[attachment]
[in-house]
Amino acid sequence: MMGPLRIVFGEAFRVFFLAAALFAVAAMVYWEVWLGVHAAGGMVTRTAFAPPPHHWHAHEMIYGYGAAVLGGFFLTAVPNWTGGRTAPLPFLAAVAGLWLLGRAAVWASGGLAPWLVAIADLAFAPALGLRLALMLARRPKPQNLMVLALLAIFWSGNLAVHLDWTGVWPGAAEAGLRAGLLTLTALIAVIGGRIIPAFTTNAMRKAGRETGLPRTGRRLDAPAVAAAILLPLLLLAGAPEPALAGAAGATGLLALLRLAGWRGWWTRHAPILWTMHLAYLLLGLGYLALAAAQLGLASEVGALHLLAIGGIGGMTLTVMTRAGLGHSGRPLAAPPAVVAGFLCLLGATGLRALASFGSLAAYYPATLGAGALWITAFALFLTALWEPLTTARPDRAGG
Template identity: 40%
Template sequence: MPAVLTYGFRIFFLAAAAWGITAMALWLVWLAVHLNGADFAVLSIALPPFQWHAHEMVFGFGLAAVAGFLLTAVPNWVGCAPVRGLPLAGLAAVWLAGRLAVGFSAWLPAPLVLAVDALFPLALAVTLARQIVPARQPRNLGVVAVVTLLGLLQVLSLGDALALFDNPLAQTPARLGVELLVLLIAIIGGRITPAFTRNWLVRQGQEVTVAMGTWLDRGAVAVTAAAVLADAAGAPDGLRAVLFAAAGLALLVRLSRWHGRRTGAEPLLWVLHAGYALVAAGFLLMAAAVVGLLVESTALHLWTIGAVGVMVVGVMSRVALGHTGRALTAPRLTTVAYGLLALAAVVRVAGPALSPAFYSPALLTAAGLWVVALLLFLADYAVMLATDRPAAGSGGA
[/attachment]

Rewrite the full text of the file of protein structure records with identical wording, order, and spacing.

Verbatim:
[in-house]
Amino acid sequence: MMGPLRIVFGEAFRVFFLAAALFAVAAMVYWEVWLGVHAAGGMVTRTAFAPPPHHWHAHEMIYGYGAAVLGGFFLTAVPNWTGGRTAPLPFLAAVAGLWLLGRAAVWASGGLAPWLVAIADLAFAPALGLRLALMLARRPKPQNLMVLALLAIFWSGNLAVHLDWTGVWPGAAEAGLRAGLLTLTALIAVIGGRIIPAFTTNAMRKAGRETGLPRTGRRLDAPAVAAAILLPLLLLAGAPEPALAGAAGATGLLALLRLAGWRGWWTRHAPILWTMHLAYLLLGLGYLALAAAQLGLASEVGALHLLAIGGIGGMTLTVMTRAGLGHSGRPLAAPPAVVAGFLCLLGATGLRALASFGSLAAYYPATLGAGALWITAFALFLTALWEPLTTARPDRAGG
Template identity: 40%
Template sequence: MPAVLTYGFRIFFLAAAAWGITAMALWLVWLAVHLNGADFAVLSIALPPFQWHAHEMVFGFGLAAVAGFLLTAVPNWVGCAPVRGLPLAGLAAVWLAGRLAVGFSAWLPAPLVLAVDALFPLALAVTLARQIVPARQPRNLGVVAVVTLLGLLQVLSLGDALALFDNPLAQTPARLGVELLVLLIAIIGGRITPAFTRNWLVRQGQEVTVAMGTWLDRGAVAVTAAAVLADAAGAPDGLRAVLFAAAGLALLVRLSRWHGRRTGAEPLLWVLHAGYALVAAGFLLMAAAVVGLLVESTALHLWTIGAVGVMVVGVMSRVALGHTGRALTAPRLTTVAYGLLALAAVVRVAGPALSPAFYSPALLTAAGLWVVALLLFLADYAVMLATDRPAAGSGGA